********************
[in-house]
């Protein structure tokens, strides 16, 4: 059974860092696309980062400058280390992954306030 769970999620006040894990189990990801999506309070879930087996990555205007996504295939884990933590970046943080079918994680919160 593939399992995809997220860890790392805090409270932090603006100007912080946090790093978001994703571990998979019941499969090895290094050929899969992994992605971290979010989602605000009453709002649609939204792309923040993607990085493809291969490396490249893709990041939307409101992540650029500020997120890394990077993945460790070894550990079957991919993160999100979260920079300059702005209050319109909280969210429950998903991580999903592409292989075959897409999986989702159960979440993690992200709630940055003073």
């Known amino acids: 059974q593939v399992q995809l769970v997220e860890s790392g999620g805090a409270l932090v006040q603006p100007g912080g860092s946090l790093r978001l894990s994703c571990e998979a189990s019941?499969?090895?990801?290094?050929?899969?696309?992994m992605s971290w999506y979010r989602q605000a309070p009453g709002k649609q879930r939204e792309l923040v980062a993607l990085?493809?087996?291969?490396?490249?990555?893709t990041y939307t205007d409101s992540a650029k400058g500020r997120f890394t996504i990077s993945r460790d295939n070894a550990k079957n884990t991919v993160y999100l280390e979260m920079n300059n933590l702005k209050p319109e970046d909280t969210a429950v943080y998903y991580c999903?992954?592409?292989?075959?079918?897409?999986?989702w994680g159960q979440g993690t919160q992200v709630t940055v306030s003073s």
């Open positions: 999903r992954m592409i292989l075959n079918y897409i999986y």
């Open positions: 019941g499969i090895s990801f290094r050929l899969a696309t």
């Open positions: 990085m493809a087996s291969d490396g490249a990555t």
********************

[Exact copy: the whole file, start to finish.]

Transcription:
[in-house]
């Protein structure tokens, strides 16, 4: 059974860092696309980062400058280390992954306030 769970999620006040894990189990990801999506309070879930087996990555205007996504295939884990933590970046943080079918994680919160 593939399992995809997220860890790392805090409270932090603006100007912080946090790093978001994703571990998979019941499969090895290094050929899969992994992605971290979010989602605000009453709002649609939204792309923040993607990085493809291969490396490249893709990041939307409101992540650029500020997120890394990077993945460790070894550990079957991919993160999100979260920079300059702005209050319109909280969210429950998903991580999903592409292989075959897409999986989702159960979440993690992200709630940055003073």
């Known amino acids: 059974q593939v399992q995809l769970v997220e860890s790392g999620g805090a409270l932090v006040q603006p100007g912080g860092s946090l790093r978001l894990s994703c571990e998979a189990s019941?499969?090895?990801?290094?050929?899969?696309?992994m992605s971290w999506y979010r989602q605000a309070p009453g709002k649609q879930r939204e792309l923040v980062a993607l990085?493809?087996?291969?490396?490249?990555?893709t990041y939307t205007d409101s992540a650029k400058g500020r997120f890394t996504i990077s993945r460790d295939n070894a550990k079957n884990t991919v993160y999100l280390e979260m920079n300059n933590l702005k209050p319109e970046d909280t969210a429950v943080y998903y991580c999903?992954?592409?292989?075959?079918?897409?999986?989702w994680g159960q979440g993690t919160q992200v709630t940055v306030s003073s």
């Open positions: 999903r992954m592409i292989l075959n079918y897409i999986y």
């Open positions: 019941g499969i090895s990801f290094r050929l899969a696309t």
């Open positions: 990085m493809a087996s291969d490396g490249a990555t």